The CEO of a small technology company—Dan Price, chief executive and founder of Gravity Payments—recently made a splash when he cut his $1 million salary to $70,000 while raising all of his 120 employees to the same level, effectively establishing a company-wide $70,000 minimum wage.
This development elated the liberal establishment. But it’s worthwhile to note that this “minimum wage” is instituted by a private company, by voluntary consent. So unlike coercive minimum wage laws, it’s not immoral. Is it practical to remove the incentive for individual employees to increase their income by improving their personal productive contribution? It’s doubtful, and I wouldn’t entrust my savings in the stock of a company that had this type of compensation policy.
Be that as it may, if Price’s company thrives, more power to it. If it fails, the company and its employees take the consequences, its customers taking their business elsewhere. Whatever the outcome, it’ll only prove workable, or not, for this one company. There is no one-size-fits-all compensation philosophy.
This is important to point that out because some on the Left are trying to equate Price’s policy to the broader issue of minimum wage laws. For example, in its editorial Who will be the next CEO to embrace a salary cut?, the New Jersey Star-Ledger asserts that the new wage policy at Gravity Payments “makes [Price] the polar opposite of the Koch brothers, who have used their vast fortune to fund candidates that fight minimum wage increase while cutting services for the needy.”
I left these comments:
Wrong. The actions of Price and the Koch brothers spring from the same moral premises.
Those who oppose minimum wage laws (or minimum wage increases) are fighting for the rights of private businesses to do exactly what Gravity Payments’ CEO did; set his own company’s pay scale voluntarily and without government interference. Polls of millionaires notwithstanding, the moral difference between the government imposing minimum wages by law and a private company setting its own “minimum wage” policy couldn’t be more black and white. To equivocate the two is like drawing no moral distinction between a cashier taking your money at the checkout counter in voluntary exchange for goods, and an armed street thug taking your money at gunpoint.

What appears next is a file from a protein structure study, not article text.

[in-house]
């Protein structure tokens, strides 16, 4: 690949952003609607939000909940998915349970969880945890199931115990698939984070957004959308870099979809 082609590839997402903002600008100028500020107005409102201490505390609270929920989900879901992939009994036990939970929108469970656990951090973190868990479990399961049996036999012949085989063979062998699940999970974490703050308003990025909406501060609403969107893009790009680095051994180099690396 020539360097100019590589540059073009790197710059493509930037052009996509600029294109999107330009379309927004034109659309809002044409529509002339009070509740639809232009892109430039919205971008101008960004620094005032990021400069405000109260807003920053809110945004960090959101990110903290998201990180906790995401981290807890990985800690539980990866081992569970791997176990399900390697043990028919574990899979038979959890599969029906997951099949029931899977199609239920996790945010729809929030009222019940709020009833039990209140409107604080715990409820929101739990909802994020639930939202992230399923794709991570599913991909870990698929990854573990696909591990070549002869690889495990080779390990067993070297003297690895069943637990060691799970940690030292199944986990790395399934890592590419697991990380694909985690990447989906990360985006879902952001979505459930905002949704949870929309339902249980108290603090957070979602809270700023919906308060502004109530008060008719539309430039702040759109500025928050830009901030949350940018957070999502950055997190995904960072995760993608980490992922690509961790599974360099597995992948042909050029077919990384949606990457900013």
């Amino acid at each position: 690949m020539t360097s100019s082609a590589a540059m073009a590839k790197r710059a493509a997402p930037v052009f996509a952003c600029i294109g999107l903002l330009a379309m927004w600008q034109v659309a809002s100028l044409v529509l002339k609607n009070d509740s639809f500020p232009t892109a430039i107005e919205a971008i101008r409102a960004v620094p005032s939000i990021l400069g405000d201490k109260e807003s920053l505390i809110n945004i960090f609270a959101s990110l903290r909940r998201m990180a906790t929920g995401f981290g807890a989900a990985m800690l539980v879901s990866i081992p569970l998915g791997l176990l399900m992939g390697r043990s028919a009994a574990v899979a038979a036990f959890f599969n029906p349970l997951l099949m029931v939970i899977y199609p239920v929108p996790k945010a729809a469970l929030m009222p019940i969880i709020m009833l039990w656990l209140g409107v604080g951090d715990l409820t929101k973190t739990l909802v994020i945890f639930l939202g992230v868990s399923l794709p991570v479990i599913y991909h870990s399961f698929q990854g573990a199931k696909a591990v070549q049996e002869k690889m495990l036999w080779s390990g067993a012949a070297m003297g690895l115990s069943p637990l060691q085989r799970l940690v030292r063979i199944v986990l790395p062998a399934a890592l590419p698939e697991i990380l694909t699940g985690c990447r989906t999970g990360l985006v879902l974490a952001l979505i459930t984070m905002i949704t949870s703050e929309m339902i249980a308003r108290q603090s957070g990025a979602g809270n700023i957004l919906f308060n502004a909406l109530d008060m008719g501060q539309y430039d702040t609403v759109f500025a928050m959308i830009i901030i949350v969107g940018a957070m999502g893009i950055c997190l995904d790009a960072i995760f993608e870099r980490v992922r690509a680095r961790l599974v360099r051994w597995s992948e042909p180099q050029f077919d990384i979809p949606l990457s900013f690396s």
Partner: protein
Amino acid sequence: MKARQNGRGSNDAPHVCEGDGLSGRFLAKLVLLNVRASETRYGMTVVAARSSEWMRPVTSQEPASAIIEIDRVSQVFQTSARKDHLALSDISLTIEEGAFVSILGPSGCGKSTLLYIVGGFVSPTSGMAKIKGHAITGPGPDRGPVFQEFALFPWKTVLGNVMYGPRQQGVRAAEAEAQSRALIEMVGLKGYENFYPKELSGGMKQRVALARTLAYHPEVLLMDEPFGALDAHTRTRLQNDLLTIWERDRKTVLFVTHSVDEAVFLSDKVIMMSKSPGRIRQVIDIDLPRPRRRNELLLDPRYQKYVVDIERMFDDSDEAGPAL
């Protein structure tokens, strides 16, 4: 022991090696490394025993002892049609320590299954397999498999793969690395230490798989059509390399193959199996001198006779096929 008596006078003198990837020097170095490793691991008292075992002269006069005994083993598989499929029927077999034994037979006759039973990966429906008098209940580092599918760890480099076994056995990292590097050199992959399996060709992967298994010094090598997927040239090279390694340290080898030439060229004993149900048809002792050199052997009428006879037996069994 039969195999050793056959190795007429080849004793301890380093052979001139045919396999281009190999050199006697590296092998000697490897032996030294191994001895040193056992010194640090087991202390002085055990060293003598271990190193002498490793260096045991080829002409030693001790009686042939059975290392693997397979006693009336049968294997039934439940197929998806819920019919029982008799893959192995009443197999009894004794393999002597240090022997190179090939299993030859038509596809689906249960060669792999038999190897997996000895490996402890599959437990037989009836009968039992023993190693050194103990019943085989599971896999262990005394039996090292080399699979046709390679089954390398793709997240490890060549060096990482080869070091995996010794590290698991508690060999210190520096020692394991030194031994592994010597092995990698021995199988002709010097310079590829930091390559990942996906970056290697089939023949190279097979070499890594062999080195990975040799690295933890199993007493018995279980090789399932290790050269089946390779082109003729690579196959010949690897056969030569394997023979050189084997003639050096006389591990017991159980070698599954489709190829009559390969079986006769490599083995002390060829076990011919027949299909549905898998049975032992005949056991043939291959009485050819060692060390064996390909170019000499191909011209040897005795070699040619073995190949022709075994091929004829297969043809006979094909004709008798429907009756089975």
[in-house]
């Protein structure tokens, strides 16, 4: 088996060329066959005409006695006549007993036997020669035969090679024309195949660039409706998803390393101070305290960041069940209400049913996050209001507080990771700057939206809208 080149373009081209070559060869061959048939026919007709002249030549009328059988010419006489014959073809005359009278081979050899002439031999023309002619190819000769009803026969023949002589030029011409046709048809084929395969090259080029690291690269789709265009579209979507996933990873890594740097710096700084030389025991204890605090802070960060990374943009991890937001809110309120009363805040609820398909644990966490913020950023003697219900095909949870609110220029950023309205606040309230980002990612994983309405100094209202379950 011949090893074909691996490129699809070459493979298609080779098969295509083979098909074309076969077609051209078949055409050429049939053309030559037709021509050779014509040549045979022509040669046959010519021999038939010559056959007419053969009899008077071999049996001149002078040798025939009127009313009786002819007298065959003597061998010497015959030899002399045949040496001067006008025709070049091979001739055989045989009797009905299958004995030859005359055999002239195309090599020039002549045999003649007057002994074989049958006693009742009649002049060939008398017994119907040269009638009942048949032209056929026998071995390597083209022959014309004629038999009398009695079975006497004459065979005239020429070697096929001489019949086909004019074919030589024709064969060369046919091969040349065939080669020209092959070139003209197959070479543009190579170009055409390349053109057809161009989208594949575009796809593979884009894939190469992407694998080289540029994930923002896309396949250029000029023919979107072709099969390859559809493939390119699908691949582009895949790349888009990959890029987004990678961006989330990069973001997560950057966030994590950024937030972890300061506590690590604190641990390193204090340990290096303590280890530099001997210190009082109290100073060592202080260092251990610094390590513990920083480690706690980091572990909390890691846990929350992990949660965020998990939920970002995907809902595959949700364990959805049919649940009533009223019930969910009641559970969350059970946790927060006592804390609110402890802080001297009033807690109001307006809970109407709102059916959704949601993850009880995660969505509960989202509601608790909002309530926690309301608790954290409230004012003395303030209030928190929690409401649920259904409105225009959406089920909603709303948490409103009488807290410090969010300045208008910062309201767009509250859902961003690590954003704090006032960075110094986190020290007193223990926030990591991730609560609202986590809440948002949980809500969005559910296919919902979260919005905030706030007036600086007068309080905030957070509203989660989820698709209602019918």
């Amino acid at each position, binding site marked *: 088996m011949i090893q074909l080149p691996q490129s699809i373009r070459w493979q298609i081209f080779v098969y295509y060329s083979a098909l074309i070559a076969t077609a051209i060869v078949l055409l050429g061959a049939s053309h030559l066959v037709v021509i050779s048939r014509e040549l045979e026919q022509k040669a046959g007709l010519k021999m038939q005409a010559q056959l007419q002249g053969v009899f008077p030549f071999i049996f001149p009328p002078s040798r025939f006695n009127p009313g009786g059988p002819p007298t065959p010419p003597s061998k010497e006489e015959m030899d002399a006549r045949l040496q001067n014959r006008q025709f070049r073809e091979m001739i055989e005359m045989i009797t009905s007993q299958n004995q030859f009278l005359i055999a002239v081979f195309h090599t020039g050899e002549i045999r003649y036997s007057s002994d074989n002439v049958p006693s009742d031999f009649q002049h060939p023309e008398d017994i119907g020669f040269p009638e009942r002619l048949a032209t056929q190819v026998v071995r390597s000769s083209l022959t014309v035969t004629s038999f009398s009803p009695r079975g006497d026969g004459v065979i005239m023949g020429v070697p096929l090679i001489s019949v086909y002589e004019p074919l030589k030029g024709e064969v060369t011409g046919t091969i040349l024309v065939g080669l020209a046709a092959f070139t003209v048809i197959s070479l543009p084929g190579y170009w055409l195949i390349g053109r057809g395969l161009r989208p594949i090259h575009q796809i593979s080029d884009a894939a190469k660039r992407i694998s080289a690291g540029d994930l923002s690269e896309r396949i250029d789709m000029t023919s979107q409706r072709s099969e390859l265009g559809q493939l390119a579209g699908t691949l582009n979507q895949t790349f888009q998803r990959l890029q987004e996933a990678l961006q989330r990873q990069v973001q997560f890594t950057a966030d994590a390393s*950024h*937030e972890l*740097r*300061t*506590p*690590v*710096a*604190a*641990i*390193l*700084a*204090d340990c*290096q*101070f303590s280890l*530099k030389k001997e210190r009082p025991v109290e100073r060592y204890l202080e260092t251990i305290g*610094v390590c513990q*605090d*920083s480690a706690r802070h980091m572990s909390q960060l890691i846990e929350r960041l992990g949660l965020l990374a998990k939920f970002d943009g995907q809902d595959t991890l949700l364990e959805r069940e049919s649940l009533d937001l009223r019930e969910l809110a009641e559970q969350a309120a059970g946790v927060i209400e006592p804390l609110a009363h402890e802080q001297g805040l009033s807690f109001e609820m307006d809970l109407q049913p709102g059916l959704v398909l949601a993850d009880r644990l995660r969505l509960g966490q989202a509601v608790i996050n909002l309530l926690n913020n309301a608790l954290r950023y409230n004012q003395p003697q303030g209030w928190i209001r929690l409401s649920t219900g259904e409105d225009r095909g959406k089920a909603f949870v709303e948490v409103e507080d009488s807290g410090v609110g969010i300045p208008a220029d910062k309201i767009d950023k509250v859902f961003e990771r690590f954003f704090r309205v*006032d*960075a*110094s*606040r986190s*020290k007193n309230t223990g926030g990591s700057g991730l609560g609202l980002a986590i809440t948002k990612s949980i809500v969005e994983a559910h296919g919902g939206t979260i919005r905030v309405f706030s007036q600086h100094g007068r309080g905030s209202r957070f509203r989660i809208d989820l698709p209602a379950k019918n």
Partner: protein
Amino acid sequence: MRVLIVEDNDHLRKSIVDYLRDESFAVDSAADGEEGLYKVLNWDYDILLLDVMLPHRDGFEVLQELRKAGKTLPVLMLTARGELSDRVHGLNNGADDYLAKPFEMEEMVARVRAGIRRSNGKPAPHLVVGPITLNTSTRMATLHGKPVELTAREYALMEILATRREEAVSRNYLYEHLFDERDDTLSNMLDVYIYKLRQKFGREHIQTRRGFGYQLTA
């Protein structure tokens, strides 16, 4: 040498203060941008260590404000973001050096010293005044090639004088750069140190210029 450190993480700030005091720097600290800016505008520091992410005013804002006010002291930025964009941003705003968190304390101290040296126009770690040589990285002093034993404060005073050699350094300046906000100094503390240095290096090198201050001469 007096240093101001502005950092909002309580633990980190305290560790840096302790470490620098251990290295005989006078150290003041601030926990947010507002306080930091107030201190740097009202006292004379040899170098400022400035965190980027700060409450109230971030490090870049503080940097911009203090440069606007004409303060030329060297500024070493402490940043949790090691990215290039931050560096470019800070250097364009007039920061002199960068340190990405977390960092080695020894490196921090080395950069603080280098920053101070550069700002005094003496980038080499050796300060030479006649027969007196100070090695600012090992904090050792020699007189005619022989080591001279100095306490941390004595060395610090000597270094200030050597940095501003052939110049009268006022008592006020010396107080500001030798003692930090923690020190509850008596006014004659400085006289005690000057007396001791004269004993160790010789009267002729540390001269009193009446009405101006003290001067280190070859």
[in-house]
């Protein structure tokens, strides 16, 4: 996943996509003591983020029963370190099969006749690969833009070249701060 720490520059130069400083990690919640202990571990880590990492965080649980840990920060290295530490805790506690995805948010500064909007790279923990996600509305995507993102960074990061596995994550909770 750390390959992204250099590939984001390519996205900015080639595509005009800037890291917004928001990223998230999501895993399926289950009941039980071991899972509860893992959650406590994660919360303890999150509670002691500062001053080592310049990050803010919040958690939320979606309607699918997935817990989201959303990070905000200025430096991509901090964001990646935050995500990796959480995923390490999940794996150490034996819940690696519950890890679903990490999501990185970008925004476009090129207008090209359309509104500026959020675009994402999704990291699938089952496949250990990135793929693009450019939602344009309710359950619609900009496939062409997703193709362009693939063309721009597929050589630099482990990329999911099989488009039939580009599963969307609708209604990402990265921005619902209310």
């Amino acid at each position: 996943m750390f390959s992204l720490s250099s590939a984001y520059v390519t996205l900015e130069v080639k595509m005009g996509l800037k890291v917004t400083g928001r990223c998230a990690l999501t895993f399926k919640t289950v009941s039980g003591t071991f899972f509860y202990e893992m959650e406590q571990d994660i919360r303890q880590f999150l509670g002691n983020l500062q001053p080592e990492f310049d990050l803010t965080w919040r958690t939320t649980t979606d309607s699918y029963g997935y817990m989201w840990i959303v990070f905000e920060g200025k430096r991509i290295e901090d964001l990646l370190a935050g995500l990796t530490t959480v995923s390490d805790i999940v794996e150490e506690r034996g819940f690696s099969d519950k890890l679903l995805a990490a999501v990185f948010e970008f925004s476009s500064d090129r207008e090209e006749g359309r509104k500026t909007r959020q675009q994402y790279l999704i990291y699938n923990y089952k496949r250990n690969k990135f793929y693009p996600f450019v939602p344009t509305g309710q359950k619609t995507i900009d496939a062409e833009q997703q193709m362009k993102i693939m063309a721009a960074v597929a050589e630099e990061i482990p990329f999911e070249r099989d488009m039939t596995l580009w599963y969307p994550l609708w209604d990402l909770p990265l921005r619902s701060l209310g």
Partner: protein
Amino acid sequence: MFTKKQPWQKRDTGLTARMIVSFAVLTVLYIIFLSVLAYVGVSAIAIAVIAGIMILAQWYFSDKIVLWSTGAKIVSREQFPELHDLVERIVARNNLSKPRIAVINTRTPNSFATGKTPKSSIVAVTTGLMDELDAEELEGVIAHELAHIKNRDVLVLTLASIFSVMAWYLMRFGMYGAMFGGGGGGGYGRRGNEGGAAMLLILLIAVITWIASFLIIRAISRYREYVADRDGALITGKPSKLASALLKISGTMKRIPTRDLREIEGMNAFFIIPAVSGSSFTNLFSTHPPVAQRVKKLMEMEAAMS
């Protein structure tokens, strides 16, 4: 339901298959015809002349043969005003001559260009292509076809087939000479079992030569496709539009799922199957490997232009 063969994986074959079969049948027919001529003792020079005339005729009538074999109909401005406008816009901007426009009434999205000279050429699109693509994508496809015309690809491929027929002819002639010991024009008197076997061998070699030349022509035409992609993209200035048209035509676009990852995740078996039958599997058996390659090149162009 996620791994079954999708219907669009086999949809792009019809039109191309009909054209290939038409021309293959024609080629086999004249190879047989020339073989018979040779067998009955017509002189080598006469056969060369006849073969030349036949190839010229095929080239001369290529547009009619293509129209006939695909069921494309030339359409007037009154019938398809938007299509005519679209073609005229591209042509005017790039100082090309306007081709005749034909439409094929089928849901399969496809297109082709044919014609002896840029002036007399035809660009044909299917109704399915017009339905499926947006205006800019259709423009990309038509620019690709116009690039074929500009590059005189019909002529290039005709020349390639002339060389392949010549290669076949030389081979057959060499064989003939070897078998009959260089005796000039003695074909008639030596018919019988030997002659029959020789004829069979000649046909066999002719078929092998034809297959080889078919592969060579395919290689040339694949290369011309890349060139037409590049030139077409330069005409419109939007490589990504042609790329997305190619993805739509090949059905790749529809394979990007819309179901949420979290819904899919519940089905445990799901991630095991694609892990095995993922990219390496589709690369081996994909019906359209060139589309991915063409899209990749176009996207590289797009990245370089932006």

Such equivocation is a classic statist gimmick. Consider “cutting services for the needy.” What “services” is the S-L complaining about? Government-imposed services, since no one—not the Koch brothers or anyone I know of—ever proposed cutting private voluntary charity for the needy. But just as with the minimum wage, there is a black-and-white moral difference between, say, the SNAP food stamp program and a private food bank.
Statists blur the line between aggressive legal coercion and private voluntary action in order to expand government control and diminish liberty. This is how today’s Left is able to get away with relentlessly advancing its corrupt, egalitarian, achievement-hating Rawlsian concept of “economic justice.” In the process, they’re destroying actual, political justice.
Real justice is rooted in political freedom and individual rights. Rights are sanctions to freedom of action in pursuit of personal advancement, not an automatic claim to material benefits—like an unearned guaranteed wage or free food—that others must be forced to provide. The government should be protecting individual rights, including the rights of all private employers and job-seekers to set their own compensation terms in voluntary contract—just as Price did with his employees at Gravity Payments and as the Koch brothers fight for. The government’s job is to protect us from criminals, not become the criminal.
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